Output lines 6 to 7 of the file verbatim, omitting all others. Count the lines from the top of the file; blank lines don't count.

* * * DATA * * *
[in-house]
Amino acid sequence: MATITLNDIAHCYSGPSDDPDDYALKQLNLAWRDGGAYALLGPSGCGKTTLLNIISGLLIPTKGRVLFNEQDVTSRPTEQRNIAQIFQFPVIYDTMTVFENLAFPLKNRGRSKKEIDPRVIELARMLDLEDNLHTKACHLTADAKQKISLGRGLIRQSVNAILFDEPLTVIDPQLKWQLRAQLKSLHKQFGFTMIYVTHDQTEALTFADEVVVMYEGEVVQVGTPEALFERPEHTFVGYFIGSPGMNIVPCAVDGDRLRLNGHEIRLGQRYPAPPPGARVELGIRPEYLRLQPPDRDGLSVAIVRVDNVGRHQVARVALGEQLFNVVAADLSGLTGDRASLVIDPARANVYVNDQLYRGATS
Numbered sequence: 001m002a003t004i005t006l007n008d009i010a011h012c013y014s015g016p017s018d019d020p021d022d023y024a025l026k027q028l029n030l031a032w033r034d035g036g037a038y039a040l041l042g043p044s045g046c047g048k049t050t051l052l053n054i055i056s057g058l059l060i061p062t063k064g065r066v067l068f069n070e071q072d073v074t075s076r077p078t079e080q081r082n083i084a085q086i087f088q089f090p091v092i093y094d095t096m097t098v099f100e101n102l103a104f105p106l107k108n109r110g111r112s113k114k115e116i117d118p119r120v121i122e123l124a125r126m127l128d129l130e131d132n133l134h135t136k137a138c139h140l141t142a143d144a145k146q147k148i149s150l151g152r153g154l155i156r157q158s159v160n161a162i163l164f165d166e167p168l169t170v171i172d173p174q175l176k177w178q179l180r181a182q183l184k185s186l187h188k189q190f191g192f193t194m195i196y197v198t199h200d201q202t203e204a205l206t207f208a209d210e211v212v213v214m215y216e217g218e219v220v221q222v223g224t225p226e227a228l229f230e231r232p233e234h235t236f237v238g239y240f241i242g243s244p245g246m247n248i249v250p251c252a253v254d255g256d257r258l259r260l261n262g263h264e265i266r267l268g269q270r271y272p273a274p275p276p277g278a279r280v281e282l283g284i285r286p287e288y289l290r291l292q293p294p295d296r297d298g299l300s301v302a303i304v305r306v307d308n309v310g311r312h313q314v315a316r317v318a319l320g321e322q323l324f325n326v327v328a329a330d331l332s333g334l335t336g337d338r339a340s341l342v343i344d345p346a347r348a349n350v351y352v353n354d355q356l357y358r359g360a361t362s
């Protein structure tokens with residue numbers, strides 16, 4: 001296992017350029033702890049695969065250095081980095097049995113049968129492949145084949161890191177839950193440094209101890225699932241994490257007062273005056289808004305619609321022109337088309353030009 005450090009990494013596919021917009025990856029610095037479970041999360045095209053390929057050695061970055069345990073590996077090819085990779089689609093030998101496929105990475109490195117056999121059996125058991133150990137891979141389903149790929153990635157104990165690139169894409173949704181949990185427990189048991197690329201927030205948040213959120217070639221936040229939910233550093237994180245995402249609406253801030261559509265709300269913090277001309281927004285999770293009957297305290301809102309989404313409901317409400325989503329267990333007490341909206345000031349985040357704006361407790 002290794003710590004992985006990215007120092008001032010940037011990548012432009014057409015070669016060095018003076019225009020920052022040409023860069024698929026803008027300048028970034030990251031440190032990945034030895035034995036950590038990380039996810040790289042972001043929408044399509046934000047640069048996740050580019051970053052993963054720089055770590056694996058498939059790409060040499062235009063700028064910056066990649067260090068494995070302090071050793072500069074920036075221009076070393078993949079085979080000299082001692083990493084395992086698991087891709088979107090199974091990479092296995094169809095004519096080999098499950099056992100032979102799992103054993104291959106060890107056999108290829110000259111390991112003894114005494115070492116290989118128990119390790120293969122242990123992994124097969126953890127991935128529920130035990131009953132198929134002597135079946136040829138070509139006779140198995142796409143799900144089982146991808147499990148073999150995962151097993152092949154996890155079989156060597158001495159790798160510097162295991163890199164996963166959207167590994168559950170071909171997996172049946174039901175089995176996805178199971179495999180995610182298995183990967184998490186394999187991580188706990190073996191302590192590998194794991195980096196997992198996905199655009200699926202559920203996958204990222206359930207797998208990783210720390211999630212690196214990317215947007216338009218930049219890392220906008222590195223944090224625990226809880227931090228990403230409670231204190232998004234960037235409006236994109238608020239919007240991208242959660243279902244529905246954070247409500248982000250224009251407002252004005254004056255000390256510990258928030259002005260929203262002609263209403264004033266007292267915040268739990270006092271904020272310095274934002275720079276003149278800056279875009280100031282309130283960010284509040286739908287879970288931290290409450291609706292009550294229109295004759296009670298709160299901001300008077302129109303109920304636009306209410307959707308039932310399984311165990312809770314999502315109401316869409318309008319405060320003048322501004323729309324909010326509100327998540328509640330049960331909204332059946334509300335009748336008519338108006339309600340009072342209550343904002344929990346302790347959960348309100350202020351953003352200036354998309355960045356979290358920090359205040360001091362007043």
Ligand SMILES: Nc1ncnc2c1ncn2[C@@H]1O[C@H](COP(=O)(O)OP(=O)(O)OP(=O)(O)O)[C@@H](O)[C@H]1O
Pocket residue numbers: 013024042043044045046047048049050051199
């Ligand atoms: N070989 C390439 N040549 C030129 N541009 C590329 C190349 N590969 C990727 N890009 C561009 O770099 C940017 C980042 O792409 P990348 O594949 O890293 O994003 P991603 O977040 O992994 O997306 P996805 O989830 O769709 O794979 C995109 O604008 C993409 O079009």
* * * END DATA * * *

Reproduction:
Pocket residue numbers: 013024042043044045046047048049050051199
């Ligand atoms: N070989 C390439 N040549 C030129 N541009 C590329 C190349 N590969 C990727 N890009 C561009 O770099 C940017 C980042 O792409 P990348 O594949 O890293 O994003 P991603 O977040 O992994 O997306 P996805 O989830 O769709 O794979 C995109 O604008 C993409 O079009």